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employment contract

Law firm loses to ex-lawyer over unpaid vacation and holiday pay

This decision in this case affirms that entitlements and obligations need to be clearly outlined out in employment agreements. Courts will almost always resolve ambiguities in favour of employees.

 

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Will a judge enforce the termination clause in your organization’s employment contract?

Although it is theoretically possible to limit an employee’s rights on termination to ESA minimums, it is difficult to do so in practice because trial judges are reluctant to enforce them.

 

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Q&A: Laying out progressive discipline in the employment contract

Does progressive discipline need to be expressly written into the employment contract? If yes, do all steps need to be laid out in writing? Or is it on a case-by-case basis?

 

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Putting on the brakes: Ontario courts are limiting the scope post-dismissal mitigatory earnings

Employers must be aware that it is now an increasingly risky strategy to fight a wrongful dismissal case on the hopes of saving money via employee mitigation of loss.

 

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The non-competition clause – Drafting and cautionary notes

A non-competition clause (or non-compete clause) is a passage in an employment contract which purports to prohibit employees from working for another employer or starting their own business which competes with their employer during and after employment.

 

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Remote workers: Pros, cons and tips

Workflow and infrastructure will need to adjust if employees are working remotely. The more paperless and automated, the easier it is to make the transition to remote work. Video conferencing, phone calls and some sort of in-person meeting on a regular basis are all good practices to make sure that employees working from home still have an opportunity for in-person communication with other employees.

 

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What happens to employment contracts when an employer sells the assets of its business?

The Court of Appeal for Ontario has confirmed that in an asset sale, a purchaser’s offer of employment to a seller’s employee can constitute consideration for changes in an employment contract — including a new termination clause.

 

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Revoking telecommute agreement a constructive dismissal

Employers should seek legal advice to ensure they are not altering essential terms and conditions of employment in attempts to improve performance. This is especially the case when dealing with long term employees who have never received negative feedback on performance or been subject to performance management.

 

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Entitlement to bonus after dismissal: The debate continues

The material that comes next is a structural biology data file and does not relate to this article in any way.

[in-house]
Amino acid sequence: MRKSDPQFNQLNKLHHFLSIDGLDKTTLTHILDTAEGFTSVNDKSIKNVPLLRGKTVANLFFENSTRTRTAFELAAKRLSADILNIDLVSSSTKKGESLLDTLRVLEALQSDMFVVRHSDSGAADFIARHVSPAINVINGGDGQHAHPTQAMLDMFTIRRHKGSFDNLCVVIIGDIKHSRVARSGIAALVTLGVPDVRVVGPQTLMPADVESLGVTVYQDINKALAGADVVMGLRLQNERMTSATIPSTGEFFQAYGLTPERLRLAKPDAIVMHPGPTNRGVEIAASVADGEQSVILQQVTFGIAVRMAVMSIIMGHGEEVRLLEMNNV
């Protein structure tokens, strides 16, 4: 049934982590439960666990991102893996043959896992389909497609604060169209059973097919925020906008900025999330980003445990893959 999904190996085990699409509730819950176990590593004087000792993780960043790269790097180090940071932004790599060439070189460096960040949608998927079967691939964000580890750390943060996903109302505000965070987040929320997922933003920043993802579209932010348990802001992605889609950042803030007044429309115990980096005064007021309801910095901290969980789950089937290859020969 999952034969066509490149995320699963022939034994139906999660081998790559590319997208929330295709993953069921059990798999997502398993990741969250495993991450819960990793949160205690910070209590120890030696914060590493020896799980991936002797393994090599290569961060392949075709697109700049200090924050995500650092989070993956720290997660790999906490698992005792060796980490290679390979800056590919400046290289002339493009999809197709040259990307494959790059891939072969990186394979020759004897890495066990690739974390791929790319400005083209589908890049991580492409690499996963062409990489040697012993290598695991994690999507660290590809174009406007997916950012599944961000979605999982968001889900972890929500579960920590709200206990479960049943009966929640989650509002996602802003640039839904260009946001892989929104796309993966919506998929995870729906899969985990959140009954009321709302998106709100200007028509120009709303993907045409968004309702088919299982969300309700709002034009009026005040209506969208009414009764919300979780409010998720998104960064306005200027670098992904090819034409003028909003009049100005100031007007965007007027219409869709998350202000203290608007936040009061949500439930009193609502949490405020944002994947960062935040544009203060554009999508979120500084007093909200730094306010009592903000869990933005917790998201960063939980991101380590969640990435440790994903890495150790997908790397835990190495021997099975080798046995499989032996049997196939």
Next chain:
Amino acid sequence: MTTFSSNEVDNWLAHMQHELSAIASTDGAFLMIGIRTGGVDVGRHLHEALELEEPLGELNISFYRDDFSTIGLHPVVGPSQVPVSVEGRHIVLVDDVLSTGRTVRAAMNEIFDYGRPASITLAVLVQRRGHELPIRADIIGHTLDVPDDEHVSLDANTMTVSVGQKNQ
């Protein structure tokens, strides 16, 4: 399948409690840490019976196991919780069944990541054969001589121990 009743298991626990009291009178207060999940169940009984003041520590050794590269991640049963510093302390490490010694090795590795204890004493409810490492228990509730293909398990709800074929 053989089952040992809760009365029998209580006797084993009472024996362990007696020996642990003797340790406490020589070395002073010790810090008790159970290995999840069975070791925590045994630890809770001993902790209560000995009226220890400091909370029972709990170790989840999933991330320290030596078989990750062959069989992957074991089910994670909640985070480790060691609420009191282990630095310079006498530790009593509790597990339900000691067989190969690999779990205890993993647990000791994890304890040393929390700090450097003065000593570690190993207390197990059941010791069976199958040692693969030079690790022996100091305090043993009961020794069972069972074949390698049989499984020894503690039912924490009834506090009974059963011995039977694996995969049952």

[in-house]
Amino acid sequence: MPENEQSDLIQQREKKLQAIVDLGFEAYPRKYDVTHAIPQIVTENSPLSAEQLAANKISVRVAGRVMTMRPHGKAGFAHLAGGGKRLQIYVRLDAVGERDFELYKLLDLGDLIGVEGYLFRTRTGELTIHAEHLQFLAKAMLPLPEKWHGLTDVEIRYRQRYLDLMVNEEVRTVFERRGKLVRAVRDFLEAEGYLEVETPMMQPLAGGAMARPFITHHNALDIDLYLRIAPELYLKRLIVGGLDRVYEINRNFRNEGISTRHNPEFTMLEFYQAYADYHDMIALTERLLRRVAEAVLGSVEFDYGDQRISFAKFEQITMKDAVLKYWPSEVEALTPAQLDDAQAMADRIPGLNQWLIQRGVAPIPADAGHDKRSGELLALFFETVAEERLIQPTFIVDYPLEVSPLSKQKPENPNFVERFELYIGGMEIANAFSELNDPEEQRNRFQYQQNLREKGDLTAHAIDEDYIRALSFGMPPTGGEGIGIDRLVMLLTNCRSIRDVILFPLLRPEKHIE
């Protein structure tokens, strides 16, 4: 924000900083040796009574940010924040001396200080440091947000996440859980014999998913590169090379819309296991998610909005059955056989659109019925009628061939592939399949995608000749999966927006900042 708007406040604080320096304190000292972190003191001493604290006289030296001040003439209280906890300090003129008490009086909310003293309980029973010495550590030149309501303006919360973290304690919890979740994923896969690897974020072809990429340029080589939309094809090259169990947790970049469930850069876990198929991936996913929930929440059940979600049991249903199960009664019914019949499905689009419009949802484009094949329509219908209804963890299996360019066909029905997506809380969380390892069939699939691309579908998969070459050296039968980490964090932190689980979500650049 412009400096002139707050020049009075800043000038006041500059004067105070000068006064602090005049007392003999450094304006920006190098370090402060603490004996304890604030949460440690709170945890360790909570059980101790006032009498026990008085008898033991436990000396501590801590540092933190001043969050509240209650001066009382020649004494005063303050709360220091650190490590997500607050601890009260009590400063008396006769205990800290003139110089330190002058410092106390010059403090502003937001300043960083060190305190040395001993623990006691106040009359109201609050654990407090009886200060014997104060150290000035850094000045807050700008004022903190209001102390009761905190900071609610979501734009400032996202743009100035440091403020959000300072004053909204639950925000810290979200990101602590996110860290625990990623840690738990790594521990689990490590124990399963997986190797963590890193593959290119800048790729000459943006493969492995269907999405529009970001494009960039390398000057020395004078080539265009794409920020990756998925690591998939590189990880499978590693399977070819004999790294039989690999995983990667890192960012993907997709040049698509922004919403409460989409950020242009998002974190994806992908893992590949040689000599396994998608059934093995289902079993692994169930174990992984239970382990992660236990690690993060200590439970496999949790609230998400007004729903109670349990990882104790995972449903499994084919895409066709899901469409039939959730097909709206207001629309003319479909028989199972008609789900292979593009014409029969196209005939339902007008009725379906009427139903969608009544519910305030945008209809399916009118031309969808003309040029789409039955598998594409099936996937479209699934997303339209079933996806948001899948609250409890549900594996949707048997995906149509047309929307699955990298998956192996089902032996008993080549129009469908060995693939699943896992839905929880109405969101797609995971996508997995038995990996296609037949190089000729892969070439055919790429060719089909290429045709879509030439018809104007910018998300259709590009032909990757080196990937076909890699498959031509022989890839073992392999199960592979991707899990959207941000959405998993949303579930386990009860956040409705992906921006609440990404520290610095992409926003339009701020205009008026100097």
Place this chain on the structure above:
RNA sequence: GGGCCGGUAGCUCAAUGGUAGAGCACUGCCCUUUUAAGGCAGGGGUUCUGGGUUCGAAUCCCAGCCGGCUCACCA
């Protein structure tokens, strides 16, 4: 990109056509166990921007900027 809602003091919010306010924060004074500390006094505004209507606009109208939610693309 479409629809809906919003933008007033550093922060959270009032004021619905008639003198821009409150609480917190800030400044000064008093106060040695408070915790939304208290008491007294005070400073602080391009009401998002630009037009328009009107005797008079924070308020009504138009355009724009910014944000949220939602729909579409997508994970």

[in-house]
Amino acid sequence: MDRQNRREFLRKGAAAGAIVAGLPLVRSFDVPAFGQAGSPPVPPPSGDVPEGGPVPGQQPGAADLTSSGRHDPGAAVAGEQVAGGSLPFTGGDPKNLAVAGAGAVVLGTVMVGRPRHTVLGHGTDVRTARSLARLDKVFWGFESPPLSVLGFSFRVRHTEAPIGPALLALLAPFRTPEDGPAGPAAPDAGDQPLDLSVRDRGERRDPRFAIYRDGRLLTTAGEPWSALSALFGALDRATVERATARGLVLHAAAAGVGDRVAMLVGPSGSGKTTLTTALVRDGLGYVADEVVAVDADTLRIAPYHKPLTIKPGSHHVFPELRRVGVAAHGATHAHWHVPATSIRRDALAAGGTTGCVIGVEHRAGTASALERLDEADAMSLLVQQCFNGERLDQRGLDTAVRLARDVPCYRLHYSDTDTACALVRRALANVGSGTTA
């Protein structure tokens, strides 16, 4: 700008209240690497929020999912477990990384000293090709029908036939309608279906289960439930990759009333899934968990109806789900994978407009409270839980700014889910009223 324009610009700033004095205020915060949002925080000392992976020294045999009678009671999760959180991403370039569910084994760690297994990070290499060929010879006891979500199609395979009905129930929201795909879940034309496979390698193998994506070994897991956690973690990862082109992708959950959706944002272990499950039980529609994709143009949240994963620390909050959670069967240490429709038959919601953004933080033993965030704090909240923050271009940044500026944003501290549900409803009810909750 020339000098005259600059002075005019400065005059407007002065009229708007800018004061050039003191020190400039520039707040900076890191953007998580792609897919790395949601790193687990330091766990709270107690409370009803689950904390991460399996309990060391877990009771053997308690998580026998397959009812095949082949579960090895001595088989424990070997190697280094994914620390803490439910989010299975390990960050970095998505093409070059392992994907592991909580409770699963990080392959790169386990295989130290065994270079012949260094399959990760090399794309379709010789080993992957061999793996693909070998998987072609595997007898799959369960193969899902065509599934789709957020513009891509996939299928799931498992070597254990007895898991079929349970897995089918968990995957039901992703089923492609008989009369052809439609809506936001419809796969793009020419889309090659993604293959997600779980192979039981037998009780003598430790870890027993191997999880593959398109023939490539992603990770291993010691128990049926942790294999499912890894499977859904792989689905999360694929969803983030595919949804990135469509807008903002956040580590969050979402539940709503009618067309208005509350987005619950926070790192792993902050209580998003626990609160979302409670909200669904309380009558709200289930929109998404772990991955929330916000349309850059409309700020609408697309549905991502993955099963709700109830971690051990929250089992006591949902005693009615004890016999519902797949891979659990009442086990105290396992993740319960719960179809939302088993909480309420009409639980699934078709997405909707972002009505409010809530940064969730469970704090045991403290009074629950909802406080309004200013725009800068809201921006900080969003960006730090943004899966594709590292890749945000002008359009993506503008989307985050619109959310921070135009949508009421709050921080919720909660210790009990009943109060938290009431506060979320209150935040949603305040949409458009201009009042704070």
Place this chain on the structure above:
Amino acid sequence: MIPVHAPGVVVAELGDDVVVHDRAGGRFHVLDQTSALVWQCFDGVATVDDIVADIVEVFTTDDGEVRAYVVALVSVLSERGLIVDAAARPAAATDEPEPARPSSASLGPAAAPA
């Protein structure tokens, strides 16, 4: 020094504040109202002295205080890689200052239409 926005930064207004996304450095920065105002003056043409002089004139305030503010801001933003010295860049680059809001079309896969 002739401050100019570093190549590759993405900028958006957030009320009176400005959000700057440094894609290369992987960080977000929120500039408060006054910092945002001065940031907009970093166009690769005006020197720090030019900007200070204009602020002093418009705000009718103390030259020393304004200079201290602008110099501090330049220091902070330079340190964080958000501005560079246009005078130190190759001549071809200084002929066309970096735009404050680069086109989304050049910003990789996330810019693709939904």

Employers would be wise to review their current agreements and policies with respect to bonuses and ensure that any eligibility requirements upon termination are clearly set out and have been expressly communicated to employees.

 

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Top 10 most-read First Reference Talks blog posts for 2017

This year on the First Reference Talks blog we’ve been covering some of the hot topics in employment and labour law and employee management. Apart from the issue of cannabis in the workplace, there seems to be varied topics making it on the list this year. Here’s the full top 10 list of the most-read First Reference Talks blog posts from our regular bloggers for 2017:

 

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Ontario Court of Appeal confirms offer of employment is consideration after an asset sale

This case is a useful reminder that in asset sales, as opposed to share purchases, the purchasing employer is not obligated to hire all the vendor’s employees.

 

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Case study: Why you need to periodically review your employment contract

A well-drafted employment contract is the best employment law investment an employer can make. It can enhance or expand management’s rights, and it can save the employer thousands of dollars in termination costs.

 

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A primer on undue hardship and frustration of contract

This blog post provides a primer on the state of undue harship and frustration of contract under Ontario’s Human Rights Code.

 

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Ontario Court of Appeal enforces simple probation clause

Employers generally owe their employees common law reasonable notice upon termination without cause. However, as shown in a recent Ontario Court of Appeal case, Nagribianko v. Select Wine Merchants Ltd, if the parties agree to a probation period in an employment contract, the right to common law reasonable notice can be ousted if the employee is terminated within the probationary period.

 

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Three popular articles this week on HRinfodesk

The three popular articles this week on HRinfodesk deal with: an employer who wrongly relied on probation clause to retract offer of employment, a recent Conference Board of Canada report that shows employees are struggling to balance work and eldercare, and protecting your right as an employer to impose temporary layoffs.

 

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